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    Missile Defense

Technology has always found its greatest consumer in a nation's war and defense efforts. Since the last attempts at a "Star Wars" defense system, has technology changed considerably enough to make the latest Missile Defense initiatives more successful? Can such an application of science be successful? Is a militarized space inevitable, necessary or impossible?

Read Debates, a new Web-only feature culled from Readers' Opinions, published every Thursday.

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lchic - 04:39am May 21, 2002 EST (#2332 of 2340)

Author : Richard Feynman (Nobel Prize winner)

There are the rushing waves
mountains of molecules
each stupidly minding its own business
trillians apart
yet forming white surf in unison
Ages on ages
before any eyes could see
year after year
thunderously pounding the shore as now
For whom, for what?
On a dead planet
with no life to entertain

Never at rest
tortured by energy
wasted prodigiously by the sun
poured into space
A mite makes the sea roar
Deep in the sea
all molecules repeat
the patterns of one another
till complex new ones are formed.
They make others like themselves
and a new dance starts
Growing in size and complexity
living things
masses of atoms
DNA, protein dancing a pattern ever more intricate

Out of the cradle
onto dry land
here it is standing
atoms with consciousness
matter with curiousity

Stands at the sea
wonders at wondering: I
a universe of atoms
an atom in the universe.

rshow55 - 09:35am May 21, 2002 EST (#2333 of 2340) Delete Message

manjumicha2001 5/20/02 9:52pm .... Thanks! What happened to me was a very American thing - with aspects in gross conflict with ideals Americans hold dear in other ways. It seems to me, overall, that I've done, especially in the last 3 years, exactly what Casey would have advised and wanted -- and that considering the difficulties, many things have gone well.

I'm hopeful, and trying to be careful.

How I wish I could be debriefed face to face ! It would be ideal, now, I believe, to have it done before witnesses NOT in the government. . . . That would take funding - and ideally would be done by academics (perhaps including grad students) at a university that is neither the University of Wisconsin, nor Johns Hopkins -- by academics with CLOSE contacts with the New York Times. Too much to hope for, perhaps -- maybe even too much to dream of. But it would serve my interest, and I believe, the national interest and world interest, as well.

Casey was terribly concerned, eloquently concerned, thoughtfully concerned with some of the issues of information handling manjumicha2001 5/20/02 9:52pm speaks of - - and some of what I did was a "penetration" of the US society, as if it were a foreign society, to try to find some things out. Many of the things I was asked to find out, I did. Not everybody will like all the answers - be we'd be safer if more people knew them.

I'm being careful, and taking a little time. A key question to ask, again and again, is

. How do you check?

and also

What do you really know if you don't check?

If those questions were asked competently, and thought of reasonably, we'd all be considerably safer, and somewhat richer, pretty shortly.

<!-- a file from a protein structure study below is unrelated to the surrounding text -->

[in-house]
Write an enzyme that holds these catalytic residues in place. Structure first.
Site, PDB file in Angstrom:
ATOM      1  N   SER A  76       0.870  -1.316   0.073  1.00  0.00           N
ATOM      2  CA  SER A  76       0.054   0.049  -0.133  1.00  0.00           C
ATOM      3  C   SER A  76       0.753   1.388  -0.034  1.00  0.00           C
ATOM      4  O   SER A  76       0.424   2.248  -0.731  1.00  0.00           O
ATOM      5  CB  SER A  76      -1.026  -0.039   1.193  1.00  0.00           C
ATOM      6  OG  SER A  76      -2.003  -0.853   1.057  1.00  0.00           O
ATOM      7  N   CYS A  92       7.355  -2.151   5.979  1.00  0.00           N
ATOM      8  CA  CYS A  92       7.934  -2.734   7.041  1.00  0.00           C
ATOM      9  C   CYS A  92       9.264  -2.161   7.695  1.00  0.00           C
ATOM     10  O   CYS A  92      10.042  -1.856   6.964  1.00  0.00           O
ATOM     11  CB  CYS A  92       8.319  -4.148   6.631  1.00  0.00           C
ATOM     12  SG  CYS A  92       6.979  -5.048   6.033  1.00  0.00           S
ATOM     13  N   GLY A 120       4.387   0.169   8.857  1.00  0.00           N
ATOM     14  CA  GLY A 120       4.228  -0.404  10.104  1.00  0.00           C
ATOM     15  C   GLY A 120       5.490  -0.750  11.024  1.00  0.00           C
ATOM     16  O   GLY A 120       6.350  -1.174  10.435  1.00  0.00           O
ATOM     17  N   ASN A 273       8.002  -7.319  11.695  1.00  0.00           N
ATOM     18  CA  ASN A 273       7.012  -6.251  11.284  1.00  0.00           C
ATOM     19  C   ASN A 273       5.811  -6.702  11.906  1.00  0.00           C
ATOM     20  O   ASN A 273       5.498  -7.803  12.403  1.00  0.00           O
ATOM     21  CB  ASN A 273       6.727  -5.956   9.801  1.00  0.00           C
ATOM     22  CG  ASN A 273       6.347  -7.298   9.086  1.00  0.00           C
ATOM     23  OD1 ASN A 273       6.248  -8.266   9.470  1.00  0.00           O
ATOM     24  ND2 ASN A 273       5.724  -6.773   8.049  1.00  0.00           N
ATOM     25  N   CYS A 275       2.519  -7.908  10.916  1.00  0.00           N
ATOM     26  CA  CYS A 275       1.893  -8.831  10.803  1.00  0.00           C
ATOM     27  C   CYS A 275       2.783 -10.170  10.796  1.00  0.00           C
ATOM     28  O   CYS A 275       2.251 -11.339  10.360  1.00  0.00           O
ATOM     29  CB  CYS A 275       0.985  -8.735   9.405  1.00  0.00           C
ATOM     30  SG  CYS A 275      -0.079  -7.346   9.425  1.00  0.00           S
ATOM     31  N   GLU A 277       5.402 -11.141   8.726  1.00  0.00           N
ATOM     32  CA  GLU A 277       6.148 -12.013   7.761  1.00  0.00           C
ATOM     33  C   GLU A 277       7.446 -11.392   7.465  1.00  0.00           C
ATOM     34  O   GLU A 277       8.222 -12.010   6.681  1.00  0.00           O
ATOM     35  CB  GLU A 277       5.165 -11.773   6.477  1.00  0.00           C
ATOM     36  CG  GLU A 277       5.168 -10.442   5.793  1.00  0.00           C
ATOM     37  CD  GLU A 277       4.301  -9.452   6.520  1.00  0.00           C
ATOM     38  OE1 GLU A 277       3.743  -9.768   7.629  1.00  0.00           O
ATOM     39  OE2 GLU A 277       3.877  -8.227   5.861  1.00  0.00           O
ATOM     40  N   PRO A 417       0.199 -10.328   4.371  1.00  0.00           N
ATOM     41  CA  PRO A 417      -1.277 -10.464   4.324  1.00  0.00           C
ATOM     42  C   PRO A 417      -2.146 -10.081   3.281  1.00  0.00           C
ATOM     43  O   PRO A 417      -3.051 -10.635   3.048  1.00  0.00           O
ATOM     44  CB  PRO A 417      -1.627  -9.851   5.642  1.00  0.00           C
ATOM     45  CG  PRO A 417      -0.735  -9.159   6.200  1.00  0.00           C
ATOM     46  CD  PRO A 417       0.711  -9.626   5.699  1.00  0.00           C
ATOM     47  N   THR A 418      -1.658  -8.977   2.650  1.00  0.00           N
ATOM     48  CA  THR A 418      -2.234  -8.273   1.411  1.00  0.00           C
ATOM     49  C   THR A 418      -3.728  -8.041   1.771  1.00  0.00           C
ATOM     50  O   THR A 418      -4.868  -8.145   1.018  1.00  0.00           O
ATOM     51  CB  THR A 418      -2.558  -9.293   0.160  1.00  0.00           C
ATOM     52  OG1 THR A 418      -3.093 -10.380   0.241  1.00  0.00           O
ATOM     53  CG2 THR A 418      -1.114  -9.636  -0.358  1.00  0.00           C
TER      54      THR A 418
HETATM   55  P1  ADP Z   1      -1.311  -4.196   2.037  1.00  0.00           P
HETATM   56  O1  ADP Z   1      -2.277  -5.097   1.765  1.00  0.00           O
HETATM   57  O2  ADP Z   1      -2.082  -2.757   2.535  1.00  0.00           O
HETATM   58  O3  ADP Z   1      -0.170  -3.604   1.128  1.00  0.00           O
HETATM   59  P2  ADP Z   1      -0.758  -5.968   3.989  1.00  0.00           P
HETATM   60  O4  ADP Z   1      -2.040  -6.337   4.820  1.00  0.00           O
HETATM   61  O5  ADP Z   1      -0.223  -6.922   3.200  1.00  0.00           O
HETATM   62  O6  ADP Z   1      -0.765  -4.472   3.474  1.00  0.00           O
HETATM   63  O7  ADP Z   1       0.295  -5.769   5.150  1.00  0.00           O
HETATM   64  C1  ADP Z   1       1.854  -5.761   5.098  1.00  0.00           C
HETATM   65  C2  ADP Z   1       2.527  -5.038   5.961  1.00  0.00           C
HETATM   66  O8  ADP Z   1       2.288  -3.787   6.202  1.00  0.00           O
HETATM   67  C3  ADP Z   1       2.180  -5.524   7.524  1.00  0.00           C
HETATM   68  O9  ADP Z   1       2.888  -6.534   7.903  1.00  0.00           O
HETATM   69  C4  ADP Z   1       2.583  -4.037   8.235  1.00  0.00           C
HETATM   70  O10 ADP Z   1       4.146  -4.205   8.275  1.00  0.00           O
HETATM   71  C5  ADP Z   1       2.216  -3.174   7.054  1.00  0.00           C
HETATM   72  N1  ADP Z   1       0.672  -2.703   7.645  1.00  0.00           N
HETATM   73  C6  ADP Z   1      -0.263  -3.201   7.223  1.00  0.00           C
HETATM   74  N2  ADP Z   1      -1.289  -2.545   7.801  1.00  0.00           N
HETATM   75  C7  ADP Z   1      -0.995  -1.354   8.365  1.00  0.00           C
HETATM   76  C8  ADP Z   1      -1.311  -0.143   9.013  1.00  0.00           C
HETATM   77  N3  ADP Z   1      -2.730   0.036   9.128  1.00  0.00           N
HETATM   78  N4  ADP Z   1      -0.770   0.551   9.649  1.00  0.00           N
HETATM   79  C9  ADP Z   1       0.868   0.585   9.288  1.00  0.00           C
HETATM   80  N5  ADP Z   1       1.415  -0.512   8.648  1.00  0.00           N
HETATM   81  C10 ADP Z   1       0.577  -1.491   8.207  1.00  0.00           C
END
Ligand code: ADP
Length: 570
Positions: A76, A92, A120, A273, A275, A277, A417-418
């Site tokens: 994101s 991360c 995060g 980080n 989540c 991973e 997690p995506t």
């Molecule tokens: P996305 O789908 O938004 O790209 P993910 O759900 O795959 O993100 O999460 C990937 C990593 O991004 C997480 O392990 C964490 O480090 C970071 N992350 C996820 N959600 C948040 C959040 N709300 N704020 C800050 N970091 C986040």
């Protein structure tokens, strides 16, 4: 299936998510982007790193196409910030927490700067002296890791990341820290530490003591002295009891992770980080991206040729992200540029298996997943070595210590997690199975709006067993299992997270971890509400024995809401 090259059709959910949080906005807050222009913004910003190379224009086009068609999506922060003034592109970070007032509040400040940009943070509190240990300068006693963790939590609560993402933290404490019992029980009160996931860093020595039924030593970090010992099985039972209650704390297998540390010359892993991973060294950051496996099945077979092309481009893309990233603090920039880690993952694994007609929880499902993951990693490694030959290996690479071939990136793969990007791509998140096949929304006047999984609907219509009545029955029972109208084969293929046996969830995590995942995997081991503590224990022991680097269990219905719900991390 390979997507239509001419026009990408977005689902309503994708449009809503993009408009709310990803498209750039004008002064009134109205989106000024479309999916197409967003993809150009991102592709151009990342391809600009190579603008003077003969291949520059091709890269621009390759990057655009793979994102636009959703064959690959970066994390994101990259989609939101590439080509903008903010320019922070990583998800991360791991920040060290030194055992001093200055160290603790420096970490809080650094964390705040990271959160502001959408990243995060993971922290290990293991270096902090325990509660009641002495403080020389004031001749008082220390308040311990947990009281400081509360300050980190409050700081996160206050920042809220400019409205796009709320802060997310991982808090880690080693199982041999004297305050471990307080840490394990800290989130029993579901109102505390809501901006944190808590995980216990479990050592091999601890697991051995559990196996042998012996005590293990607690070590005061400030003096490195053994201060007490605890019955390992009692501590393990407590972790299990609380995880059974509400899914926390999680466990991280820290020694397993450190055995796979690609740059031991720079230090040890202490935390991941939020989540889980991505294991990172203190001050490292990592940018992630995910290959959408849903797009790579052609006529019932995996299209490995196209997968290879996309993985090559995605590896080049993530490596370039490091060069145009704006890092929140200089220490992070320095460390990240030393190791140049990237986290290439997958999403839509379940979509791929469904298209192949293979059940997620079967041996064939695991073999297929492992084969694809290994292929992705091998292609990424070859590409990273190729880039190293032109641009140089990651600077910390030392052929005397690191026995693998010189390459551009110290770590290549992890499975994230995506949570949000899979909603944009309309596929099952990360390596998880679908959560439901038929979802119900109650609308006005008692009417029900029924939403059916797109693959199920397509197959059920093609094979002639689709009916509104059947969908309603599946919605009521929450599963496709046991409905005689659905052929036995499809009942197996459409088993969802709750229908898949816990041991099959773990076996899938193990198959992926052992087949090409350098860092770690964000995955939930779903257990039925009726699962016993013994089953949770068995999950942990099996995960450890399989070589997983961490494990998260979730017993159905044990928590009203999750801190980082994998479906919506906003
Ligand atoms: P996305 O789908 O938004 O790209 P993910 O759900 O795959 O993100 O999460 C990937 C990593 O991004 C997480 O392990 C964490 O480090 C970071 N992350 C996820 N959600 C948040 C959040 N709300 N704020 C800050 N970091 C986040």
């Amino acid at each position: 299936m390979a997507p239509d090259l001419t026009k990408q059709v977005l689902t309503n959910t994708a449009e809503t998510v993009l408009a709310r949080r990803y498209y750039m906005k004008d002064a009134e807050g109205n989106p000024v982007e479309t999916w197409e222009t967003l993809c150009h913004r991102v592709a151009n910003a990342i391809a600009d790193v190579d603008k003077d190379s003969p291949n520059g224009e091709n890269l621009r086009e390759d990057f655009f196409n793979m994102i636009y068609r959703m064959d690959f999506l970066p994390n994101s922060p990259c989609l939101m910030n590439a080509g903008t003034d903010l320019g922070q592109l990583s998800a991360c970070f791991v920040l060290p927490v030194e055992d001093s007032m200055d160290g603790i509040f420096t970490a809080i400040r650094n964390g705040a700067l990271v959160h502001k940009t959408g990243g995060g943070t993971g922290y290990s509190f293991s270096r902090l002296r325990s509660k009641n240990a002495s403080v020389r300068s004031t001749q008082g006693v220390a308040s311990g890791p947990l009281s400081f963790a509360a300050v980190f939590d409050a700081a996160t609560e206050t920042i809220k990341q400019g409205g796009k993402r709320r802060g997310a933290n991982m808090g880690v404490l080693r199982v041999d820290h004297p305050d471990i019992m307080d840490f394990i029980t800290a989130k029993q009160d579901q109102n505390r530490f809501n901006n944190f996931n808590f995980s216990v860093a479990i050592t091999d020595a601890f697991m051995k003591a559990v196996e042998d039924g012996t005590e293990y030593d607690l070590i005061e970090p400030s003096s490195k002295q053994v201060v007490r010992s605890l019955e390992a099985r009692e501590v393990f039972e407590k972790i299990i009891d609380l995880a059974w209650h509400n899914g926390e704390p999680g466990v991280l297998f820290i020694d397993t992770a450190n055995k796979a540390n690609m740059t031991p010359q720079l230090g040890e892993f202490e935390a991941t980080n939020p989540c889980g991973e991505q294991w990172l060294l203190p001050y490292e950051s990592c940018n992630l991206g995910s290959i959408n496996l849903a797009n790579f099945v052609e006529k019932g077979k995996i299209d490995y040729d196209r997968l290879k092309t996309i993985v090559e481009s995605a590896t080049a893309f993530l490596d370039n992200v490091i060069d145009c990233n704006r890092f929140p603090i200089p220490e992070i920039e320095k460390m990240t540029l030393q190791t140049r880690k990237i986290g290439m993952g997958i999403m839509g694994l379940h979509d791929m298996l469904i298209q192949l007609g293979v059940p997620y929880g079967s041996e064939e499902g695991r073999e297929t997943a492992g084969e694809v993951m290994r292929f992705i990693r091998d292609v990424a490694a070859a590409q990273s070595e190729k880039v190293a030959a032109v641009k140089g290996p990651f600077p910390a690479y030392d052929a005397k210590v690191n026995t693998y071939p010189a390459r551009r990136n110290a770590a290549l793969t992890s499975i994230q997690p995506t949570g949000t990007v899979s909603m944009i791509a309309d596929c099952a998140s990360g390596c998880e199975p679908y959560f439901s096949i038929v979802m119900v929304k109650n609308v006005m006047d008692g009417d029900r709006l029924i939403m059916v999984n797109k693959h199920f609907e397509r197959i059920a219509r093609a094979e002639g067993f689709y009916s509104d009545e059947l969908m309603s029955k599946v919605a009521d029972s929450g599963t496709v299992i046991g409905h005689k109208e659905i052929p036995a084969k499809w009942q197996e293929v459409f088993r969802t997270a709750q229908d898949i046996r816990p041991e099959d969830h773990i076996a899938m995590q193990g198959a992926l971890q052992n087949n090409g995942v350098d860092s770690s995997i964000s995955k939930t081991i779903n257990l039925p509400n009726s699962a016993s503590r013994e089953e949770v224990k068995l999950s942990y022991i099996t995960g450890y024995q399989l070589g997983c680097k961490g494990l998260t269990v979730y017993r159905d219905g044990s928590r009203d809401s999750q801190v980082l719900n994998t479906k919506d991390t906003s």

I think the OpEd pages in the last few days have been great - and I remain a big fan of Paul Krugman. Also a big fan of WuDunn's husband. (I'd like to meet WuDunn, ideally with a chaperone, to discuss to context of a story she covered about TV show generated epilepsy in Japan a few years ago.)

I'm taking time to feel rested, and think carefully - and trying to be constructive.

rshow55 - 09:46am May 21, 2002 EST (#2334 of 2340) Delete Message

A Modified Equation for Neural Conductance and Resonance starts with this:

Recently, a Japanese television cartoon broadcast bright and repetitive T.V. screen flashes. Many hundreds of children and adults who saw the cartoon had epileptic seizures that resulted in hospital visits(1). More than ten thousand children, and many adults, seem to have been affected(2). The cartoon makers accidentally repeated experiments that are discussed below(3). None of the children who watched the cartoon seems to have been permanently hurt. Even so, this event underscored again the need to reconsider the differential equation now used to describe passive neural conduction.

1 Sheryl WuDunn "TV Cartoon's Flashes send 700 Japanese into Seizures" The New York Times, December 18, 1997.

2. Sheryl WuDunn "Japan TV to Act Against Seizure-Causing Cartoon Flashes" The New York Times, December 20, 1997.

. . .

Taking time to be careful.

rshow55 - 10:08am May 21, 2002 EST (#2335 of 2340) Delete Message

If what I suggest in rshow55 5/21/02 9:35am or rshow55 5/21/02 9:46am are hard for the New York Times -- then journalists ought to consider other responses, in addition to moral indignation, when they think of rigidities at the FBI, the CIA, or elsewhere.

We are facing some common problems here.

Common challenges. Common solutions. And a common need for human tolerance if anything is to be workably solved. Though toleration also has limits.

rshow55 - 10:15am May 21, 2002 EST (#2336 of 2340) Delete Message

rshow55 5/21/02 9:35am . . If the NYT wanted to facilitate something, but not fund it, and I knew that, and others knew that . . . . the money could be found.

If the point I just raised is broadly improper, I feel proper asking:

. Why exactly?

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